What Impact Can Design Teams Have On Density and Affordability?
To answer these questions, designer and urbanist Hannah Hoyt, Gramlich Fellow at Harvard Joint Center for Housing Studies interviewed 30 professionals working in the development sector. The findings? To help make housing more affordable, the report recommends design team’s consider multiple strategies that can curb development costs in all three categories: land costs, soft costs and hard costs, with a focus on what savings are within their day-to-day control and can be passed on to occupants.
Land costs refer to the cost of acquiring land—and amounts to approximately 10% to 20% of total development costs for a typical multifamily project. Examples of strategies to maximize land value include selecting a site that offers economies of scale, considering design solutions for oddly shaped lots or scattered sites and renovating, converting or co-locating housing with existing buildings. A standard approach to site evaluations that considers everything from soil and site clearance to grade and zoning can, according to the report, go a long way to identifying scalability and avoiding unexpected site preparation costs.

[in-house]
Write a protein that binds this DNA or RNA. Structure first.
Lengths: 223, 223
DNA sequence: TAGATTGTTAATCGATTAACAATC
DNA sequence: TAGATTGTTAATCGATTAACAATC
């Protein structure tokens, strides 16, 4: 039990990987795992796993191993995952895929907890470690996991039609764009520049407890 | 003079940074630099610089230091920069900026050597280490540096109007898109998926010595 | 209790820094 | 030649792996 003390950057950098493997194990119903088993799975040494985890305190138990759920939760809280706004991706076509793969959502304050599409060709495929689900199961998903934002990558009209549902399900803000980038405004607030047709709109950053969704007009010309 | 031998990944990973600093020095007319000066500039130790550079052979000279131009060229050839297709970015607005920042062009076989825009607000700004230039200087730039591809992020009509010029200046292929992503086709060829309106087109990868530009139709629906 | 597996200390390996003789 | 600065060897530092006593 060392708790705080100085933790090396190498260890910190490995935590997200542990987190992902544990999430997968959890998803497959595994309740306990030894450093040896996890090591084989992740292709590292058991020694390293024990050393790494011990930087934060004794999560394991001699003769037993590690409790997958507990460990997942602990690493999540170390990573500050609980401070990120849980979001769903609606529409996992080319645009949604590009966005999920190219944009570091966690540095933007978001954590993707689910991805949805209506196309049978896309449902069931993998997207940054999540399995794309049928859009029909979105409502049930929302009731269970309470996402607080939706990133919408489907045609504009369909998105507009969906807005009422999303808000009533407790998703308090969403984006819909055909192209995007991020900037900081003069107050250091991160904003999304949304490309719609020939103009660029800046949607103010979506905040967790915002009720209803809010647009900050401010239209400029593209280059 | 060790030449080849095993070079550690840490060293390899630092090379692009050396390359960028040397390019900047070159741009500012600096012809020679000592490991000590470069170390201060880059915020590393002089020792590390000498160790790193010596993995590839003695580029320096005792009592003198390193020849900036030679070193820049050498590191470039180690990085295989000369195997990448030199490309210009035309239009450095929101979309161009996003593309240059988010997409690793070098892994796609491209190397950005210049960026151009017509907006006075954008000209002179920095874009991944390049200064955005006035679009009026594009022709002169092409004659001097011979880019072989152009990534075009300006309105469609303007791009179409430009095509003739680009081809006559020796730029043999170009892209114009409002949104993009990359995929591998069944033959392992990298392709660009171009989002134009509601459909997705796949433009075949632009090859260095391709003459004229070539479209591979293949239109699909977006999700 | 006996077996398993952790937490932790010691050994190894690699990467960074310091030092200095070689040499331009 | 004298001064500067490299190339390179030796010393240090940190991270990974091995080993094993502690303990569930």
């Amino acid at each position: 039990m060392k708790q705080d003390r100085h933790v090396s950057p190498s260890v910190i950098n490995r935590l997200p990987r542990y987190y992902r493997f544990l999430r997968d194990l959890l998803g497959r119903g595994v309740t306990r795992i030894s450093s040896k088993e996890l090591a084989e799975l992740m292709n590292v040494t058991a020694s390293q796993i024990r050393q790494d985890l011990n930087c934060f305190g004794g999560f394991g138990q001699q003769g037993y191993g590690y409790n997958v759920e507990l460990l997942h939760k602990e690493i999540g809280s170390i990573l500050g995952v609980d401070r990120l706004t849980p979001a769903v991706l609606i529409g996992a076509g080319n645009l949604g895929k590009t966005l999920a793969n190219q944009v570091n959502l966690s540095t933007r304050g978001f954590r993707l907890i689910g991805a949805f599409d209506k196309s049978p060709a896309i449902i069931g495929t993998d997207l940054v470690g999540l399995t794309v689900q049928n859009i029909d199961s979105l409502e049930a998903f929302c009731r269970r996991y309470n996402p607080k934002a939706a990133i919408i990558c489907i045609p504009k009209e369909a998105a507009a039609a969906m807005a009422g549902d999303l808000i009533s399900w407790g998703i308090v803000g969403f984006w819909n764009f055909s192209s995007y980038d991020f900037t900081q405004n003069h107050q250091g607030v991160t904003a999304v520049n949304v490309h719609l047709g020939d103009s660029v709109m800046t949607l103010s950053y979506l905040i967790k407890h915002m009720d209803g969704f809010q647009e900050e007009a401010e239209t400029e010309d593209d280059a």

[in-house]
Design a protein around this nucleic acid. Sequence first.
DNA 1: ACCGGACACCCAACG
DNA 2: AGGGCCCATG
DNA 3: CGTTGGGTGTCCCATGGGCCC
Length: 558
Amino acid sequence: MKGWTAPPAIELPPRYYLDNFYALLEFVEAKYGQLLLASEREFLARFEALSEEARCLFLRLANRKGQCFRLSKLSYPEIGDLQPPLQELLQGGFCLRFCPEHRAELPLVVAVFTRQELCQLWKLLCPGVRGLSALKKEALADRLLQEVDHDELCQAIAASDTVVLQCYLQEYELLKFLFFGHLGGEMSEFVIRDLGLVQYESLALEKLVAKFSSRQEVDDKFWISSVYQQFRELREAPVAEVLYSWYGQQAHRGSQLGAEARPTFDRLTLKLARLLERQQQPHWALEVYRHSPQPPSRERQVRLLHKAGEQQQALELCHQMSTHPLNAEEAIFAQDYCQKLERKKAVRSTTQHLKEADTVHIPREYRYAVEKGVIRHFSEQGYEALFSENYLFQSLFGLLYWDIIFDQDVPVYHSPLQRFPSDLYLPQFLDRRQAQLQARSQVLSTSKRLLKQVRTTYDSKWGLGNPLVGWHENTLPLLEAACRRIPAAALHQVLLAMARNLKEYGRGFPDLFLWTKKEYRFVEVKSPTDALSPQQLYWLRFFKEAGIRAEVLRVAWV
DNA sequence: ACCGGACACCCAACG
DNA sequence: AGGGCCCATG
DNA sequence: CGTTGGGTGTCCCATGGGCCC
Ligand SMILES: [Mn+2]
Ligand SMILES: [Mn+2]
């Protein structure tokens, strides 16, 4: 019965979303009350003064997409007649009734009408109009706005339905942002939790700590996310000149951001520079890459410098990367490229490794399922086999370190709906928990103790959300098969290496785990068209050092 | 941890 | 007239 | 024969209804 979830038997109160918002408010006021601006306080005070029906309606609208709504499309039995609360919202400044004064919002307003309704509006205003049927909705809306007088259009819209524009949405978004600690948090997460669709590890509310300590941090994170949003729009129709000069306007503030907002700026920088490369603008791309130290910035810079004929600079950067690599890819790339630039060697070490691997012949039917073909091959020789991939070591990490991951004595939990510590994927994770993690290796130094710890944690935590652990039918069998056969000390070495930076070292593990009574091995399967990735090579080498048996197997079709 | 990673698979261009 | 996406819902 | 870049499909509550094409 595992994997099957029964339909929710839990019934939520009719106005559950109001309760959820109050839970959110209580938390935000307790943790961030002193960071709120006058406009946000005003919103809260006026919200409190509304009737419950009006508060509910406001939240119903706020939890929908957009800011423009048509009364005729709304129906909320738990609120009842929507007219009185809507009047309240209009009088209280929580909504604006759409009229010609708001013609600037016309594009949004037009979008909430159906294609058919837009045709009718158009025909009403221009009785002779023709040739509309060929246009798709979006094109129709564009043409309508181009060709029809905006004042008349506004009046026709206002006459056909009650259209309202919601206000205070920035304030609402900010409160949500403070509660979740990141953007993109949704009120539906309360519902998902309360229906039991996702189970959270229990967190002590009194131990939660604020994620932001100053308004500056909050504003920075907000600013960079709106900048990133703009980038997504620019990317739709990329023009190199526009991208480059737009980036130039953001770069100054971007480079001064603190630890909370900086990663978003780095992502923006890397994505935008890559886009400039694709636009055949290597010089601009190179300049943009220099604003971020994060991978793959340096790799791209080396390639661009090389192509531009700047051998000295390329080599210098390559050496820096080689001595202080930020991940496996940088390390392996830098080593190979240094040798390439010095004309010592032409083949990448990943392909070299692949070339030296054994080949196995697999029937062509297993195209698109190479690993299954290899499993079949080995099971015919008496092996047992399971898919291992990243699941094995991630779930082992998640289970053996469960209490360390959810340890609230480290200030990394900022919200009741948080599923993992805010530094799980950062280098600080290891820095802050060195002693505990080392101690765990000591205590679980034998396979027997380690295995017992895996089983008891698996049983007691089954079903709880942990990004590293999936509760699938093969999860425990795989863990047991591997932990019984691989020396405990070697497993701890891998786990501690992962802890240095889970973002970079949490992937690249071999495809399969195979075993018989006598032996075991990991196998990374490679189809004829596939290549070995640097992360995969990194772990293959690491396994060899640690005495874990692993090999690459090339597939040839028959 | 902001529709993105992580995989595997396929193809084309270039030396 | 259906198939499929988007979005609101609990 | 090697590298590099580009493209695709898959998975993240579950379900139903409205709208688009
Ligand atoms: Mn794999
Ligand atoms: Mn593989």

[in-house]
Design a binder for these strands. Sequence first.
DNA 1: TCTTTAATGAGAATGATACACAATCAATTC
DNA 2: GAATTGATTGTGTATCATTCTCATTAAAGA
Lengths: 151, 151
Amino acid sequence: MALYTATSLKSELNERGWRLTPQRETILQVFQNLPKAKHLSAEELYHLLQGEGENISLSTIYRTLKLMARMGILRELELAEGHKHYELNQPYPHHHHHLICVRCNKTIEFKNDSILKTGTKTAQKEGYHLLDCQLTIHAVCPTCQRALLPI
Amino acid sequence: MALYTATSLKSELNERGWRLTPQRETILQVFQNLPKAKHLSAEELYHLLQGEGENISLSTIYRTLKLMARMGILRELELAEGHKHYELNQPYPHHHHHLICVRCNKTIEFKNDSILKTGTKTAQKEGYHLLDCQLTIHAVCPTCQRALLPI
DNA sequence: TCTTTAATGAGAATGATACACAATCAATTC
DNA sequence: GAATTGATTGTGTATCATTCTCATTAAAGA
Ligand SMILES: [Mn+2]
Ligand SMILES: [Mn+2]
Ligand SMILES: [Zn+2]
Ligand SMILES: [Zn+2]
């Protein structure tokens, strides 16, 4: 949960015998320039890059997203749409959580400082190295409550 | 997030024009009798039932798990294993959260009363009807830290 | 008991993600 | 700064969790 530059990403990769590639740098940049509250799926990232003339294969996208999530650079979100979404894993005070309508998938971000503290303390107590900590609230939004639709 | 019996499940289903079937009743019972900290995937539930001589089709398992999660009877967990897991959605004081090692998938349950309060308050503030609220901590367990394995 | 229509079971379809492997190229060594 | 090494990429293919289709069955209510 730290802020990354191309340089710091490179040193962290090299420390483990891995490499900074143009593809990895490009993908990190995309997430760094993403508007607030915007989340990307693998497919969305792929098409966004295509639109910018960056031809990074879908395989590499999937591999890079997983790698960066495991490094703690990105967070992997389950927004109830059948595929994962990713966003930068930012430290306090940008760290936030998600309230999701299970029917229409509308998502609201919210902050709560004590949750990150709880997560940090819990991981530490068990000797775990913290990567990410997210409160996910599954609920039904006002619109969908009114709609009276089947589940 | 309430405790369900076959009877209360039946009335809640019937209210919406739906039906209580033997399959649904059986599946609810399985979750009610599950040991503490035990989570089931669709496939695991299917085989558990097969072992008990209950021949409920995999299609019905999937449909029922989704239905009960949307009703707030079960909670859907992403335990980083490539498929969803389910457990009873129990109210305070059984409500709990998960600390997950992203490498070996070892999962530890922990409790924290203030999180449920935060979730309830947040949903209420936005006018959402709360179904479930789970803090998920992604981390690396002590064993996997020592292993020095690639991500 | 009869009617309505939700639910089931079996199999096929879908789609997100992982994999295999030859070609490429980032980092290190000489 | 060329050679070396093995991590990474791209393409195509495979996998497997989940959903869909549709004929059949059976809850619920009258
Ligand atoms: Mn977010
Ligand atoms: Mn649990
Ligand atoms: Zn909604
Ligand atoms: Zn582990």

Hard costs are the costs of construction, which can be divided into four sub-categories: substructure and site prep, shell and structure, interiors, and services. Hard costs amount to 50 to 70% of the total costs. Examples of strategies that can have a positive impact on hard costs include designing units for maximum flexibility and efficiency, investigating new techniques and materials and investing in energy and water performance to realize long-term savings for a project.
Finally, soft costs include all other costs—financing, design, engineering, permitting and any impact fees. In this category, engaging general contractors early and as partners can help realize savings and sharing more information with subcontractors can result in more accurate cost-estimating.